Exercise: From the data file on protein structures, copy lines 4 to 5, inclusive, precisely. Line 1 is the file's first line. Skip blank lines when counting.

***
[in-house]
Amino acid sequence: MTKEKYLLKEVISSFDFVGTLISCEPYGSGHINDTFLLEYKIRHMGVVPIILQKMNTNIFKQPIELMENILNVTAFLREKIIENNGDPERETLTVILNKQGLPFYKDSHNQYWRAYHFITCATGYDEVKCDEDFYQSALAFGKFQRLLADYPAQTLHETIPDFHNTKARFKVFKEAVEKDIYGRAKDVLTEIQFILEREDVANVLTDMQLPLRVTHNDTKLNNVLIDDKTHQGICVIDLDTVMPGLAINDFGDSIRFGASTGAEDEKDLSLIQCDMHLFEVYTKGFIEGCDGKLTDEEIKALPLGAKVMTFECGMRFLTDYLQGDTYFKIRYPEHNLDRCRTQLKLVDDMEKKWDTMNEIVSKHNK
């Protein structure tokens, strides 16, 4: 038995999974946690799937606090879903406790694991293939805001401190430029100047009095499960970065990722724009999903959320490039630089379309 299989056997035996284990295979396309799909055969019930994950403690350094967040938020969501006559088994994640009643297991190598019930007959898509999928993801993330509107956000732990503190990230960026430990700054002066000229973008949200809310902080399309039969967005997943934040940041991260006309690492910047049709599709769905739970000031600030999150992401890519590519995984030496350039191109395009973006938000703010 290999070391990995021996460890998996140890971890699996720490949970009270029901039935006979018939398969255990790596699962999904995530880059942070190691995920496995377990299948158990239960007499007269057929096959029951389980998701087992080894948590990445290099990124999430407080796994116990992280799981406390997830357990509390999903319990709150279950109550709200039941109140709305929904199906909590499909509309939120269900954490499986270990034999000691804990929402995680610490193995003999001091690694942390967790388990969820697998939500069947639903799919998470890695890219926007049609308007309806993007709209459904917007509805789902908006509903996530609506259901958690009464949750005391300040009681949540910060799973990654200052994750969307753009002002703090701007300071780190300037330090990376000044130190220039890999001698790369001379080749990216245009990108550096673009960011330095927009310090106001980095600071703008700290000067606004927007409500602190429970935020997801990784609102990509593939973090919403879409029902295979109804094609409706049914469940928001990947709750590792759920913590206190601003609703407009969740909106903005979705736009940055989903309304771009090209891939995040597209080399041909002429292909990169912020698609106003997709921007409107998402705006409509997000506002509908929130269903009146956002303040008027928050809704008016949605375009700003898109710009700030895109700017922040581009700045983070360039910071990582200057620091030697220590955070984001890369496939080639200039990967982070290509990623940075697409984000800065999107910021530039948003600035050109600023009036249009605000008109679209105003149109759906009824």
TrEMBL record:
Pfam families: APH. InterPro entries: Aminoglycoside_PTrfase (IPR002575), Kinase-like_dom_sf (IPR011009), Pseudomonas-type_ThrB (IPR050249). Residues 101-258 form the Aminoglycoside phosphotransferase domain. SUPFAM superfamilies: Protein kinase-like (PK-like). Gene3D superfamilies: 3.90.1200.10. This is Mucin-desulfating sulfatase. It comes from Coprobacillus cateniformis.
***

TrEMBL record:
Pfam families: APH. InterPro entries: Aminoglycoside_PTrfase (IPR002575), Kinase-like_dom_sf (IPR011009), Pseudomonas-type_ThrB (IPR050249). Residues 101-258 form the Aminoglycoside phosphotransferase domain. SUPFAM superfamilies: Protein kinase-like (PK-like). Gene3D superfamilies: 3.90.1200.10. This is Mucin-desulfating sulfatase. It comes from Coprobacillus cateniformis.